Caveat Venditor (Seller Beware)

Over the last 40 or more years, many leadership and management improvement innovations have come and gone. While some may be backed by rigorous scientific or empirical research, as well as good intentions, they can all be considered fads in the sense that they share the inability to solve the persistent problems that plague traditional leadership and management practice. These include:

Management by ObjectivesTransformational LeadershipDesign Thinking
Matrix ManagementSystem of Profound KnowledgeLean Management
Theory ZTotal Quality ManagementLean Six Sigma
Business Process Reengineering360o FeedbackAgile Management
DelayeringKnowledge ManagementLean Management
EmpowermentEmotional IntelligenceCoaching
BenchmarkingSix SigmaNeuroscience (newly emerging)

Every innovator in leadership and management practice over the last 50 years has proceeded to sell their product via consulting or as packaged solutions. While the innovators may have been successful in making a lot of money, temporarily changing corporate culture, or influencing some top leaders for a few years, none can be happy with the overall result in retrospect. Which is to say, results fall well short of expectations — if not transformed in practice into something that caused harm to people — and its impact among high status people was ephemeral.

Guardrails 1

All of the innovators went forward with their great leadership or management innovation not understanding that these innovations are unnecessary for business success and the much bigger problem they faced: Path dependence and hysteresis.

Path dependence describes how the system’s history — be it the leadership system, which I call the “Institution of Leadership and System of Profound Privilege,” or the management system, which I call “classical management” — shapes its current state and future possibilities. Path dependence is a powerful force in thwarting change because, whether we realize it or not, the past is always present. We may believe our thinking to be unique or situated in present times, but it is actually deeply influenced by the past. Simply put:

What’s next is most likely to be determined by what is.

Douglas Dowd, Sociologist (1919-2017)

And “what is” is largely the product of “what was.” Initial choices or events create a “path” that becomes entrenched due to factors such as sunk costs, learning effects, network effects, established infrastructure, preconceptions, traditions (social norms), aesthetics, and spiritual connection. Individually and more often together, these make switching to an alternative path — a better path — difficult, expensive, or impossible (the “lock-in” effect). If the switch to an alternate path is successful, it is usually temporary because the entrenched factors soon come back into existence due to changes in company leadership or ownership.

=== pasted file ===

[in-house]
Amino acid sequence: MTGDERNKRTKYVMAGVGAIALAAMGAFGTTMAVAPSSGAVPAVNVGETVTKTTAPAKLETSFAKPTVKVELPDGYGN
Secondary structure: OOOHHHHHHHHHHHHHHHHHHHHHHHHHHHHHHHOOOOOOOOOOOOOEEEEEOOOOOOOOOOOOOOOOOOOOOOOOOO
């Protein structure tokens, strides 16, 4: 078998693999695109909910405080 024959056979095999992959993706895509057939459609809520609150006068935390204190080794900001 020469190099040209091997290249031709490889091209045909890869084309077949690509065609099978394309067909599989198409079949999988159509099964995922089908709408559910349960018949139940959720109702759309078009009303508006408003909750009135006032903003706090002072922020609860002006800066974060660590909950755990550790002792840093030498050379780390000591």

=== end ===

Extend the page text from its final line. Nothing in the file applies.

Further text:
The ways in which people are led and management go back some 10,000 to the time of the Neolithic Revolution. Written records of how leaders lead go back 5000 years to the time of ancient Egypt. Many of the ways that people are led and managed in organizations today date back to those initial choices — for example: blame, public humiliation, retaliation, greed, elitism, condescension, exclusion, etc. The main difference between then and now is that mental brutality (chronic stress) has replaced physical brutality (notwithstanding how long-term mental stress leads to degradation in physical health).

As the saying goes, “history matters.” But most people are not interested in history. And this is especially troublesome for the leadership and management improvement innovators. Their singular focus on bringing the innovation to market precludes study of history, and thus of more fully understanding the dominance of archaic modes of leadership and management practice that they hope to replace.

This is what happened to Lean management. What emerged most from the Lean movement since its inception in 1988 is “Fake Lean,” which is the result of path dependence. In most cases, Lean did not get organizations onto a new path. They remained on their classical management path but with the addition of some Lean tools for lower-level workers to use. The initial choices that were made centuries, if not 5000 years ago, produced Fake Lean. This gives you a sense of the enduring, (largely) irreversible nature of path dependence.

Mgmt Hysteresis Loop 3

Hysteresis describes how past experiences can influence present behavior and decision-making. In other words, a system’s state depends on its history. Hysteresis is similar to path dependence, but it instead describes a feedback loop wherein a system’s current state depends on its past states. Unlike path dependence, hysteresis can be partially or fully reversible; the future state can return to the past state if conditions change (the memory effect).

While it takes a lot of energy to produce major changes to a management system, such as “Lean transformation,” it takes a lot less energy to undo the major change. It is akin to a rubber band, where a lot more force is required to stretch (load) it than to slowly relax it (unload).